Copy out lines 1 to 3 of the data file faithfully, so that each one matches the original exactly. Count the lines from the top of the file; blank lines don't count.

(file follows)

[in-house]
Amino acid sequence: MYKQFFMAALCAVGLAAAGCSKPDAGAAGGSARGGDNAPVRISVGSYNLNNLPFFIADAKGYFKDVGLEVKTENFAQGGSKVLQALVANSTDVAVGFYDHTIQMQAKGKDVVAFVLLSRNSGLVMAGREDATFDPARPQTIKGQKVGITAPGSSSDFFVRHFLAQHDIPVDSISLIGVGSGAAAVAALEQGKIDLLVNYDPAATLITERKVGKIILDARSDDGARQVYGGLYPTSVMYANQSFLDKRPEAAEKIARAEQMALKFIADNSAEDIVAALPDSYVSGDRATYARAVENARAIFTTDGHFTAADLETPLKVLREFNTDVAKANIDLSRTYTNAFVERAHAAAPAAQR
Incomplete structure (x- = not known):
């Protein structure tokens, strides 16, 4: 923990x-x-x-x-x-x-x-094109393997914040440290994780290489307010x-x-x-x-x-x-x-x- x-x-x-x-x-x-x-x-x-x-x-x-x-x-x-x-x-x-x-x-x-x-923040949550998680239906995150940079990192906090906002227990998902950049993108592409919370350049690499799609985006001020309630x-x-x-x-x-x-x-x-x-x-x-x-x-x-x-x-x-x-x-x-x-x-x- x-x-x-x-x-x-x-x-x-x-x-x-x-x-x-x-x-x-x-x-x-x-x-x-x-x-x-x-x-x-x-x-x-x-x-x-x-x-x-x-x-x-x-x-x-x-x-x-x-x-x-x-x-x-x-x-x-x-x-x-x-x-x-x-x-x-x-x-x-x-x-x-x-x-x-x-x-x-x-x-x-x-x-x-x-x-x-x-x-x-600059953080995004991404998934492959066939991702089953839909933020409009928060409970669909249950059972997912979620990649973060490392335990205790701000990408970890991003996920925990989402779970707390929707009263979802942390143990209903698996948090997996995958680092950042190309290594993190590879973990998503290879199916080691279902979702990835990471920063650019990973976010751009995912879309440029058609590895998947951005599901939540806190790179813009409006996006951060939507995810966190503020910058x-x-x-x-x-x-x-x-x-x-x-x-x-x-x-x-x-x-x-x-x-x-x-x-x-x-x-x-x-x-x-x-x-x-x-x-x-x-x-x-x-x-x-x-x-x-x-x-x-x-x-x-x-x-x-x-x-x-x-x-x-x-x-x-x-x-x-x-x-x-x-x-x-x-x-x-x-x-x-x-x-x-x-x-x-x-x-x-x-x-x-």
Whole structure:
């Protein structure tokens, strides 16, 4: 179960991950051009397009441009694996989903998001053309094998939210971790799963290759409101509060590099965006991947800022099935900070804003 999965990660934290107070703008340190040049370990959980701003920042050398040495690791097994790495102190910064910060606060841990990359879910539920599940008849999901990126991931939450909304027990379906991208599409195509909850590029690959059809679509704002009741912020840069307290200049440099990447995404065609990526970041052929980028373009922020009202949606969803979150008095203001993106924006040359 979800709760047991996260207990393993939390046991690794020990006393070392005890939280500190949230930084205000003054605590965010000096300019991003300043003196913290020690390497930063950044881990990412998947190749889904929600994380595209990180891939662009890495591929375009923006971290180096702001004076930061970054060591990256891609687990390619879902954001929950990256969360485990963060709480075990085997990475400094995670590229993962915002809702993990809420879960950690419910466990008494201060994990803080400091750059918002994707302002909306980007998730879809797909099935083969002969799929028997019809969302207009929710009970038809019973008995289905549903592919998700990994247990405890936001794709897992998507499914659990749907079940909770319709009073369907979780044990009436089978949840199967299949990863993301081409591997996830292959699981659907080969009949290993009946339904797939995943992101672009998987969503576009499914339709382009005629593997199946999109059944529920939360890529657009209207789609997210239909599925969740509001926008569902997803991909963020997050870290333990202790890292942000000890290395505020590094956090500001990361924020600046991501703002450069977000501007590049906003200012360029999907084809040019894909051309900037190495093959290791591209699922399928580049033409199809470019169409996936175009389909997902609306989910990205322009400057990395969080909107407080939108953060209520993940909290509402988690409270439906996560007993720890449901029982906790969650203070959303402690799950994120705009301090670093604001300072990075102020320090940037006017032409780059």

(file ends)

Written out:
[in-house]
Amino acid sequence: MYKQFFMAALCAVGLAAAGCSKPDAGAAGGSARGGDNAPVRISVGSYNLNNLPFFIADAKGYFKDVGLEVKTENFAQGGSKVLQALVANSTDVAVGFYDHTIQMQAKGKDVVAFVLLSRNSGLVMAGREDATFDPARPQTIKGQKVGITAPGSSSDFFVRHFLAQHDIPVDSISLIGVGSGAAAVAALEQGKIDLLVNYDPAATLITERKVGKIILDARSDDGARQVYGGLYPTSVMYANQSFLDKRPEAAEKIARAEQMALKFIADNSAEDIVAALPDSYVSGDRATYARAVENARAIFTTDGHFTAADLETPLKVLREFNTDVAKANIDLSRTYTNAFVERAHAAAPAAQR
Incomplete structure (x- = not known):